What do you do if you already own a stake in Craigslist, but yearn for a bigger slice of the online-classified pie? If you're eBay, you launch a U.S. version of Kijiji
, with the hope of rivaling the San Francisco-based market leader.
Already well known internationally, Kijiji launched in China in 2005, and currently does business in 27 countries. In terms of unique visitors, it is the most trafficked site in Canada, Germany, Italy, and Taiwan, according to eBay communications manager Jose Mallabo.
Kijiji, which launched in the U.S. earlier this month, has a relatively simple interface and a wide range of categories. The similarities aren't accidental: eBay purchased a 25 percent stake in Craigslist so "we could learn how to do this," says Mallabo. He adds that the new site is more user-friendly than the market leader, requiring only two pages to post an item for sale, versus up to seven pages on Craigslist.
Kijiji and its corporate parent won't interact on a technology level, but the two sites will complement each another. "Let's say you want to put a mattress on eBay," says Mallabo. "You can also list it locally on Kijiji. So this is on a more grass-roots level."
On some of its overseas sites, Kijiji charges posters or allows users to pay $1 fee to bump up a listing to the top of a page. The U.S. site hasn't ruled out charging users for listing certain items, according to Mallabo.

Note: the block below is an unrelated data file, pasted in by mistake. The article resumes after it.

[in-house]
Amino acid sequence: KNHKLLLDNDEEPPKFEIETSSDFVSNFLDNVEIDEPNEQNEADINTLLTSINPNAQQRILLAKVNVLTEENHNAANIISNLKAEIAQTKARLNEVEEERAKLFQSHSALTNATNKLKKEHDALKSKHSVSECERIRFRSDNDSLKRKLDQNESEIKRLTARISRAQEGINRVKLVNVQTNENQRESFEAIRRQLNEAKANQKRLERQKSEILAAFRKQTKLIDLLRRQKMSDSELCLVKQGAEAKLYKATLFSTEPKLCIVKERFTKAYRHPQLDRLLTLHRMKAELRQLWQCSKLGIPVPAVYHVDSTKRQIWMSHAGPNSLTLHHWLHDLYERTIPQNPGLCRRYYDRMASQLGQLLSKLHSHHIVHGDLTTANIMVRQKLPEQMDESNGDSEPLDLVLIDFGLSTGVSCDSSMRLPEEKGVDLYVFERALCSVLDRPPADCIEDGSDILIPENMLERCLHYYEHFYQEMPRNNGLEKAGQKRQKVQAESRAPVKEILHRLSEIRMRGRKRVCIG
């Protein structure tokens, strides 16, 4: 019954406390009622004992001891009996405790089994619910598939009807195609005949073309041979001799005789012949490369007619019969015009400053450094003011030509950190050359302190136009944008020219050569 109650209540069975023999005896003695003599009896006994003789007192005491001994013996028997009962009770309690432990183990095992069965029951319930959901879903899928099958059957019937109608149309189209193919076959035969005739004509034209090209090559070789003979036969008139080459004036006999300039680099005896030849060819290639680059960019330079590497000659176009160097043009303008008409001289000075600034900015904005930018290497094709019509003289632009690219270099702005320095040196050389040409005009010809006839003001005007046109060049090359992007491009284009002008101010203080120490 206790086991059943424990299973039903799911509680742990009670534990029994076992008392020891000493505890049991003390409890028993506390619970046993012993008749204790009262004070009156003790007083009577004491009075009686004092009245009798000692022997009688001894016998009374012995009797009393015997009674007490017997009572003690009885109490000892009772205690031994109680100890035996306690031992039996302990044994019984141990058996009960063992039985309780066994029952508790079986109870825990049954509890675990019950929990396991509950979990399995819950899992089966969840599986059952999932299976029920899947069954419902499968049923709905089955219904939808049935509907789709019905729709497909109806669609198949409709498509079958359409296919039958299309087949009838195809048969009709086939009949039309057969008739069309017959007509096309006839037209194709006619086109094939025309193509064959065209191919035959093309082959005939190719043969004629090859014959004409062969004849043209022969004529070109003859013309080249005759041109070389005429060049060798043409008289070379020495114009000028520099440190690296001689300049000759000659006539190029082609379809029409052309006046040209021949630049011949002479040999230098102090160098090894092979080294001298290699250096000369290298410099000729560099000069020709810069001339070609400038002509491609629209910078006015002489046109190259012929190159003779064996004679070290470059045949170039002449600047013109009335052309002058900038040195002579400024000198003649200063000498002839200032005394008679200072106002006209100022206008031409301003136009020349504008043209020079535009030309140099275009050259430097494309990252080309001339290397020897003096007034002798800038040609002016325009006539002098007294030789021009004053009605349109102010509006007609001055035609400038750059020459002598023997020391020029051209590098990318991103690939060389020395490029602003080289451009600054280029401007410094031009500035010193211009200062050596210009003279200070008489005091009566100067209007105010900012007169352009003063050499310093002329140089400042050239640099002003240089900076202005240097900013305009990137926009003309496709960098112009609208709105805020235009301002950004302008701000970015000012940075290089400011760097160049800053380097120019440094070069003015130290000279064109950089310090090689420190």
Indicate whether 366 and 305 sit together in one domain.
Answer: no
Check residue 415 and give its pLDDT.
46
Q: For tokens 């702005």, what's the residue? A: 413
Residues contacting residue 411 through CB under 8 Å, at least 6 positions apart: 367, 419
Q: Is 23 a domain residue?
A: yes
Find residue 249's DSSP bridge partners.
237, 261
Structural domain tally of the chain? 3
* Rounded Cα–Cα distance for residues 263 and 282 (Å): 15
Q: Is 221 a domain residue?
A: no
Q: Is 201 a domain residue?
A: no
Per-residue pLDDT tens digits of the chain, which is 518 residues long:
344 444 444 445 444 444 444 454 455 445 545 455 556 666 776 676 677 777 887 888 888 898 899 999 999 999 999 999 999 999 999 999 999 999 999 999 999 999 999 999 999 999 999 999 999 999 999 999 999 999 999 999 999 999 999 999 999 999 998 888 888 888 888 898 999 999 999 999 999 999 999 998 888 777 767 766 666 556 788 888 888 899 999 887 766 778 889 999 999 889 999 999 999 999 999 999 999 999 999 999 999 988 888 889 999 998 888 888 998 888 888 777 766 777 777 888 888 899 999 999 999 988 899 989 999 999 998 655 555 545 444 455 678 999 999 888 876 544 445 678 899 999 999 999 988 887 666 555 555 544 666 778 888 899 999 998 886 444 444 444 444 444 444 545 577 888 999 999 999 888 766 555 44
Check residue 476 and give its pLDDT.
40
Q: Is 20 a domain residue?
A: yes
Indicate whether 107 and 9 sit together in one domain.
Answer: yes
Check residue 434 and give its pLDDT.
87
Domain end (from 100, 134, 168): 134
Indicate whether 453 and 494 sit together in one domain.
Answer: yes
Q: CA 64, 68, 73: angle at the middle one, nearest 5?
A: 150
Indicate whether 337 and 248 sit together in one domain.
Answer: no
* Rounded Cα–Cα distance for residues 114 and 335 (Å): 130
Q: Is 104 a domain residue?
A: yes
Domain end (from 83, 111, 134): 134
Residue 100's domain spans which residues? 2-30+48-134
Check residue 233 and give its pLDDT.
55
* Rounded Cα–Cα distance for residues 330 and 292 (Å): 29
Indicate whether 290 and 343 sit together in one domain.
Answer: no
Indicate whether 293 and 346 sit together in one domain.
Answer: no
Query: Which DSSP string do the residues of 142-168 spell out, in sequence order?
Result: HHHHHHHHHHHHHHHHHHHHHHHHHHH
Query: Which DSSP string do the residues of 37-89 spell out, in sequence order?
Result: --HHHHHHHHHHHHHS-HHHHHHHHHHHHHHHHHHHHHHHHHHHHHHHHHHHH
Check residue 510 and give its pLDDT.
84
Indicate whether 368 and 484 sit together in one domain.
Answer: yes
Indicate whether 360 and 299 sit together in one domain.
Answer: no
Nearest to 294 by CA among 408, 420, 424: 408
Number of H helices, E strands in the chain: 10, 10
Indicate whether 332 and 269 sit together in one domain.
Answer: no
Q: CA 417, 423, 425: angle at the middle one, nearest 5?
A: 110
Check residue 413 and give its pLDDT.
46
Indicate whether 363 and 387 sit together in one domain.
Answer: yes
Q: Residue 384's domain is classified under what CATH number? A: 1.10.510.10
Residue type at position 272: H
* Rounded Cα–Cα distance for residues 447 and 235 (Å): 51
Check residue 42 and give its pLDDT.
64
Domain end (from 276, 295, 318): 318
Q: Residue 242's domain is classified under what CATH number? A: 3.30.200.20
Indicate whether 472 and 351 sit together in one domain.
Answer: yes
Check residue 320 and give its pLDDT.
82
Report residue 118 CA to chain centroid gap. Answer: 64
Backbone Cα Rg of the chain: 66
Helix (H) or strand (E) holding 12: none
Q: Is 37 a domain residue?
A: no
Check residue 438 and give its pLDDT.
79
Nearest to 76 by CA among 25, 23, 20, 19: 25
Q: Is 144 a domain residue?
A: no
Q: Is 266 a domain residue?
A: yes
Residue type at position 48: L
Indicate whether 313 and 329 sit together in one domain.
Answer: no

What does the management at Craigslist think of Kijiji? Largely due to its decision to forgo traditional web advertising, the 12-year-old market leader has already become the go-to place for listers, publishing 17 million classifieds every month and generating a reported $25 million in revenue last year. In an email to Newsquake, Craigslist CEO and President Jim Buckmaster said he is unfazed by Kijiji's entrance into the marketplace.
"We generally don't think in terms of competition, or concern ourselves with what other companies are doing," wrote Buckmaster. "Certainly there are hundreds if not thousands of companies offering online classifieds."
Meanwhile, users are slowly discovering Kijiji. "It's something different," says Kevin Emerson, a Los Angeles resident looking to sell his Buick Centurion
. A friend recommended the site to Emerson, who says he had previously posted the car for six weeks on Craigslist, but had received no offers. It takes less time to post on Kijiji than on Craiglist, says Emerson. But has he gotten any offers on that car? Not yet, he says.